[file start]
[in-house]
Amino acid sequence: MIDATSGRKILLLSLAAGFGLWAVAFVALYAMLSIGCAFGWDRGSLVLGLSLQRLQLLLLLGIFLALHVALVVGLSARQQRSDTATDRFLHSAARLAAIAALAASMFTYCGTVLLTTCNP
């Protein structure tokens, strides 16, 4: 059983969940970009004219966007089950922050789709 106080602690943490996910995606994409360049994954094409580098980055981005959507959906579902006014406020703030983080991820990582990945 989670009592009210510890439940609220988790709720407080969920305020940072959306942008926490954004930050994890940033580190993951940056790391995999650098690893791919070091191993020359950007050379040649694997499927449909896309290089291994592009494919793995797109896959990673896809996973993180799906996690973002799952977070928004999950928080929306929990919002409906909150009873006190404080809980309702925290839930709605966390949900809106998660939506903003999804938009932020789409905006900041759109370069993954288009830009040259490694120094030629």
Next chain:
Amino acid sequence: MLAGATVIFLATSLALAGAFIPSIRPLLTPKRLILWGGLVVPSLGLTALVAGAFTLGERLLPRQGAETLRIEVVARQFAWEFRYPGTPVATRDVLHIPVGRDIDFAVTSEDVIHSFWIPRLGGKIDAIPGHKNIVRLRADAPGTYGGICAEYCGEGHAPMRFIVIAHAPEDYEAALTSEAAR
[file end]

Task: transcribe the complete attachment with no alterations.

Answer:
[in-house]
Amino acid sequence: MIDATSGRKILLLSLAAGFGLWAVAFVALYAMLSIGCAFGWDRGSLVLGLSLQRLQLLLLLGIFLALHVALVVGLSARQQRSDTATDRFLHSAARLAAIAALAASMFTYCGTVLLTTCNP
């Protein structure tokens, strides 16, 4: 059983969940970009004219966007089950922050789709 106080602690943490996910995606994409360049994954094409580098980055981005959507959906579902006014406020703030983080991820990582990945 989670009592009210510890439940609220988790709720407080969920305020940072959306942008926490954004930050994890940033580190993951940056790391995999650098690893791919070091191993020359950007050379040649694997499927449909896309290089291994592009494919793995797109896959990673896809996973993180799906996690973002799952977070928004999950928080929306929990919002409906909150009873006190404080809980309702925290839930709605966390949900809106998660939506903003999804938009932020789409905006900041759109370069993954288009830009040259490694120094030629």
Next chain:
Amino acid sequence: MLAGATVIFLATSLALAGAFIPSIRPLLTPKRLILWGGLVVPSLGLTALVAGAFTLGERLLPRQGAETLRIEVVARQFAWEFRYPGTPVATRDVLHIPVGRDIDFAVTSEDVIHSFWIPRLGGKIDAIPGHKNIVRLRADAPGTYGGICAEYCGEGHAPMRFIVIAHAPEDYEAALTSEAAR